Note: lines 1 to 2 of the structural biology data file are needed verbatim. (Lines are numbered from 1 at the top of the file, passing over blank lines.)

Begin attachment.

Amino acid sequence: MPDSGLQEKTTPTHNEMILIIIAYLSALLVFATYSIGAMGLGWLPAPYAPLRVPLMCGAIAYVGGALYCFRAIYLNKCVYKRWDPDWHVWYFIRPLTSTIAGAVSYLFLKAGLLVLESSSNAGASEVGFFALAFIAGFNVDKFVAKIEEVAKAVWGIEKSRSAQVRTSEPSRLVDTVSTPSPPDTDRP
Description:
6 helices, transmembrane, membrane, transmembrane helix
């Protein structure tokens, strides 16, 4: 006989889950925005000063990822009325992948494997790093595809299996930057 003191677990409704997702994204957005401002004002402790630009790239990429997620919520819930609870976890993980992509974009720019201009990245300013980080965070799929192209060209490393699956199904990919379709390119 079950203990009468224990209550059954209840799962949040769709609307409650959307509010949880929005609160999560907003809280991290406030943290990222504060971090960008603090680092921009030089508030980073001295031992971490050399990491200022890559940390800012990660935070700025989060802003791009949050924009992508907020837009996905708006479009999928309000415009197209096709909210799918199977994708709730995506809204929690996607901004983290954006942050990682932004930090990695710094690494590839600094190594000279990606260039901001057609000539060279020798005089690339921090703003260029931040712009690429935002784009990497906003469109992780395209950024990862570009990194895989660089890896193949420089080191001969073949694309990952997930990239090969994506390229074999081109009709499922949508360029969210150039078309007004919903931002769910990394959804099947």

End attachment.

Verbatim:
Amino acid sequence: MPDSGLQEKTTPTHNEMILIIIAYLSALLVFATYSIGAMGLGWLPAPYAPLRVPLMCGAIAYVGGALYCFRAIYLNKCVYKRWDPDWHVWYFIRPLTSTIAGAVSYLFLKAGLLVLESSSNAGASEVGFFALAFIAGFNVDKFVAKIEEVAKAVWGIEKSRSAQVRTSEPSRLVDTVSTPSPPDTDRP
Description: